Exclusive: 'American Gangster' Slapped by Feds' Lawsuit

In their lawsuit, the DEA agents say they were defamed by the blockbuster film.

Jan. 16, 2008— -- ABC News has learned that a group of former federal drug enforcement agents has filed a class-action lawsuit against NBC Universal today, asserting they were defamed by the blockbuster flick "American Gangster."

As the final credits roll on the flick starring Denzel Washington as Harlem drug thug Frank Lucas, a screen appears that states three-quarters of the drug enforcement agents assigned to New York were convicted as a result of Lucas' cooperation with "outcast cop" Richie Roberts, portrayed by Russell Crowe in the movie.

There were no such convictions, Drug Enforcement Administration officials told ABC News. But the agency had no immediate reaction when told of the lawsuit.

The agents are also seeking a restraining order against further distribution of the movie, $55 million in damages and punitive damages and any profits from a box-office gross that so far has exceeded about $130 million.

The suit, filed in federal court in Manhattan, charges that "the defamation involved the defendant NBC Universal, through its Universal Studios, falsely communicating, in writing, to millions of people in a motion picture called American Gangster that three-quarters of New York City's DEA, from approximately 1973 through approximately 1985, were convicted criminals."

According to former U.S. attorney Dominic Amorosa, who prosecuted Lucas and his cohorts in the federal case and now represents the aggrieved former narcs, the assertion that Lucas' cooperation with "outcast cop" Richie Roberts "led to convictions of three-quarters of the New York City's Drug Enforcement Agency" is baseless and "impugns and damages the reputations of hundreds of honest, decent and courageous agents."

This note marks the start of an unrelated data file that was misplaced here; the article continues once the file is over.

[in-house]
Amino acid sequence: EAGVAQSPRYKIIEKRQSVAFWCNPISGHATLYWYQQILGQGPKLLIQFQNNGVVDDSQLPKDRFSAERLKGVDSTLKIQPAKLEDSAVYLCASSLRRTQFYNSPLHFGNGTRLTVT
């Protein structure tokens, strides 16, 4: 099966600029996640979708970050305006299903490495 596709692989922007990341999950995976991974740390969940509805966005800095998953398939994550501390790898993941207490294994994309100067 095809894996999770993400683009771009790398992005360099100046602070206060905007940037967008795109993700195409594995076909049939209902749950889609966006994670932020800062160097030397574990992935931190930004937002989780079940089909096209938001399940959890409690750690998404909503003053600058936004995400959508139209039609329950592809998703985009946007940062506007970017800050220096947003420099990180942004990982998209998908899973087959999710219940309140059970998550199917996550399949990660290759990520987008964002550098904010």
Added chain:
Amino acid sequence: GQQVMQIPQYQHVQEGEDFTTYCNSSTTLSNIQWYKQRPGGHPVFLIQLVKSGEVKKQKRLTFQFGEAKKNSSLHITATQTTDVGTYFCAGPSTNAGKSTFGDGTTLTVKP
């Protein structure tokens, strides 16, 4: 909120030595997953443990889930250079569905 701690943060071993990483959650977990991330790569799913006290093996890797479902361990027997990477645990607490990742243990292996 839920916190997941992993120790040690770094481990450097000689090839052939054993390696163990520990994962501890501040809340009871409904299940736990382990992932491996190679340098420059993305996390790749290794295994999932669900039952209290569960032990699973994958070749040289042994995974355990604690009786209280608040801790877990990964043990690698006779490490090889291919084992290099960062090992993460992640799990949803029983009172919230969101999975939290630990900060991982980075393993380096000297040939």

NBC Universal declined to comment in early December when ABC News first reported on the dispute between the former agents and the Hollywood studio.

In a letter to Amoroso dated Dec. 7, replying to his demand that the movie studio "retract and correct" its statements, David Burg, NBC Universal's senior vice president for litigation, said, "The film in no way charges or even insinuates wrongdoing on the part of the federal Drug Enforcement Administration. Thus, we must respectfully deny the claim of your client and other former federal DEA agents."

Amoroso answers this with the lawsuit:

"American Gangster falsely represents that Lucas not onlycooperated with Roberts in investigating corrupt law enforcement officers, but...falsely states as a fact that this 'collaboration led to the convictions of three-quarters of New York City's Drug Enforcement Agency.' This legend is false, defamatory and libelous per se. No such thing ever occurred. Not a single agent of New York City's DEA, or any other law enforcement officer, was convicted of anything based upon the so-called 'collaboration' of Lucas and Roberts. Nor was a single agent of New York City's DEA or officer of the NYPD convicted in any case or investigation involving Frank Lucas whether based upon a collaboration of Lucas and Roberts or any other resource."

Among the narcs Amorosa represents is Gregory Korniloff, the Drug Enforcement Administration case agent on Lucas.

"After risking life and limb for two and a half years in this investigation, we are portrayed as a gang of corrupt hoodlums," Korniloff told ABC News in December. "Just on the faces of it, there were about 300 agents in New York at the time," Korniloff says. "Leaving the theater you get the impression that the movie audience comes to believe we are corrupt."

"Universal Pictures denies the allegations in the class-action lawsuit filed today on behalf of former federal narcotics agents. American Gangster does not defame these or any federal agents. The law enforcement officers portrayed in the film are identified as members of the New York City Police Department. The end legend specifically refers to members of "New York City's Drug Enforcement Agency" -- not the federal Drug Enforcement Administration where the plaintiffs formerly worked. We believe the lawsuit is entirely without merit," Universal said in a written statement.

This post has been updated.

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